We know the importance of warm-ups before cardio sessions, but should you do a cool-down after running? 

Running is an amazing form of cardiovascular exercise. It can help you stay fit, build your endurance, strengthen muscles and bones, and burn excess body fat. You don’t need much kit, either – just running shoes, shorts, top and moisture-wicking underwear. But it’s not perfect – its high-impact nature means it’s tougher on your body compared to other forms of cardio. And unlike commuting by bike, it’s harder to incorporate into your day-to-day routine.  

It’s often a case of squeezing a run into our already time-poor lives – particularly when juggling around work or family commitments. In these situations, it can be tempting to squeeze either side of a run. Often we skip the warm-up or cool-down and just focus on the session itself. But is there an issue with this – particularly skipping the cool-down? 

“The biggest ‘don’t’ is not doing a cool-down,” says Nick Hancock, running coach and co-founder of Maximum Miles Coaching. “If one of my athletes is short on time doing an interval session, I’d rather they cut a couple of intervals out than skip the cool-down.” 

He adds that there are multiple issues with not cooling down properly. “We increase the risk of muscle stiffness and soreness by skipping the cool-down. Quite typical with runners are things around your ankles, Achilles, calves and hamstrings. The other danger of neglecting a cool-down, particularly after running in cold weather, is that you run the risk of hypothermia.”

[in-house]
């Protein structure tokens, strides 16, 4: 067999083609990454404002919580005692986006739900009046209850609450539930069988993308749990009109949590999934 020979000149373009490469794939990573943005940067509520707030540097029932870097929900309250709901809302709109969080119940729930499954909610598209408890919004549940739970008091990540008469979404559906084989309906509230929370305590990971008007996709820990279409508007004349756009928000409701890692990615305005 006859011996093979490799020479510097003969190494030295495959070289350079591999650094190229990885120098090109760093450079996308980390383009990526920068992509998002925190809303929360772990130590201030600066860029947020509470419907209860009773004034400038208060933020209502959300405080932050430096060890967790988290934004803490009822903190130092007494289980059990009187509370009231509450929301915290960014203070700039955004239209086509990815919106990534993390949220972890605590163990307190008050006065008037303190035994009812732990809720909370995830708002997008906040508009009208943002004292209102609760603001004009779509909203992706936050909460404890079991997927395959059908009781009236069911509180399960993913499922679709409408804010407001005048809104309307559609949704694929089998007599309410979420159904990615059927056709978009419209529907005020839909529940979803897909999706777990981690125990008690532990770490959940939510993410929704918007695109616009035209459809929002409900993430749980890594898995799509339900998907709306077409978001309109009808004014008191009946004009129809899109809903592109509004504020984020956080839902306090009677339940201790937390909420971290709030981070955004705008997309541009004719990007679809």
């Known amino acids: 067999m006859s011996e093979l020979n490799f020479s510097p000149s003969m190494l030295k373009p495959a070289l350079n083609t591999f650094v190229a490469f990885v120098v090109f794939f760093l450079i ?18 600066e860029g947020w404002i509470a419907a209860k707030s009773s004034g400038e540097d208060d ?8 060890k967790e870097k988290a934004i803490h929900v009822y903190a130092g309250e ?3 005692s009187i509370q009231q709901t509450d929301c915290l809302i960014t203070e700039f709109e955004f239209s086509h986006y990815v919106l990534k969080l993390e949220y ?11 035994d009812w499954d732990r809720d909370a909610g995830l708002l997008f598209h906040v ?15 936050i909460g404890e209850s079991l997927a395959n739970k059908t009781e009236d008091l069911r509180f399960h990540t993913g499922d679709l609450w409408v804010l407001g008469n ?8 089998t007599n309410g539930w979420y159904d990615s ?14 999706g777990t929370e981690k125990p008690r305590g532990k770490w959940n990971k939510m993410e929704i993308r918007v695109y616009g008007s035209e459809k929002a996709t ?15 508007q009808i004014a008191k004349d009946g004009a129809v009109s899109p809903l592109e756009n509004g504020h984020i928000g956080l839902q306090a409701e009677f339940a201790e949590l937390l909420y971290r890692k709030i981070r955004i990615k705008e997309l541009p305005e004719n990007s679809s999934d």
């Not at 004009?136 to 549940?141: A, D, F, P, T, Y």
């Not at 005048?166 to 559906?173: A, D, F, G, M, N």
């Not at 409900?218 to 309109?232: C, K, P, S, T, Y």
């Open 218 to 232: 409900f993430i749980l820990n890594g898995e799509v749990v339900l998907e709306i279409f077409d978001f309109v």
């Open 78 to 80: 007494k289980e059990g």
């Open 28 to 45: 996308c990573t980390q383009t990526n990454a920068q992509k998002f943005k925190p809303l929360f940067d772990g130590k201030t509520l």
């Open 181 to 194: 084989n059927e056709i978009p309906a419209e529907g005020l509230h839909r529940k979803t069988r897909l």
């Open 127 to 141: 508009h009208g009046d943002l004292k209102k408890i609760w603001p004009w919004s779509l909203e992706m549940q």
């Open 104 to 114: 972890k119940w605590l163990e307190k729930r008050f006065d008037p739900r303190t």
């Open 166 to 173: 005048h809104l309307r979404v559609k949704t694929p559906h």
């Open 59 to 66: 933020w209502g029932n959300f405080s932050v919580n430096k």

Below, Hancock shares the benefits of cooling down, the step-by-step process to doing it properly, and how long one should last. 

Benefits of a cool-down after running 

“One of the main benefits is that when we are running our core body temperature is raised,” says Hancock. “If you don’t steadily bring that core body temperature down, particularly in cold conditions, you can kind of shock the system and become hyperthermic. 

“Also going from having quite warm muscles to stopping completely, your muscles are just going to get cold very quickly. You want to bring that temperature down gradually to not increase the risk of injury.” 

How to cool down after running 

“A fairly typical cool-down that I’ll have an athlete do is 10-15 minutes gentle jogging – that easy-paced effort to bring the heart rate down to at least what it would be on your easy runs. If your heart rate is still raised, either keep cooling down or slow down.” 

He notes that the intensity of the session will determine the length. “If it’s an easy run, you probably don’t need to cool down in terms of running more. If it’s been something quite hard, it’s probably going to need 15 minutes worth of cool-down.” 

Hancock’s cool-down isn’t limited to easing off the intensity of a run, though. “Refuelling as soon as possible with something rich in carbohydrates is a good thing to do. The whole anabolic window when it comes to protein intake has kind of been debunked over the last few years – as long as you’re getting enough protein throughout the day, you don’t need to panic about getting protein in straight away. But carbohydrates are a different story. Carbohydrate and glycogen reabsorption is at its highest within the first 20-40 minutes after a run, particularly a hard one. Also replenishing those lost fluids through rehydrating is key.” 

While Hancock isn’t the biggest advocate of stretching, he says if you are going to do a post-run stretch, then don’t overdo it. “If somebody is going to do stretching, then keep it dynamic – it’s more mobilisation movements rather than trying to stretch your hamstrings out for five minutes.”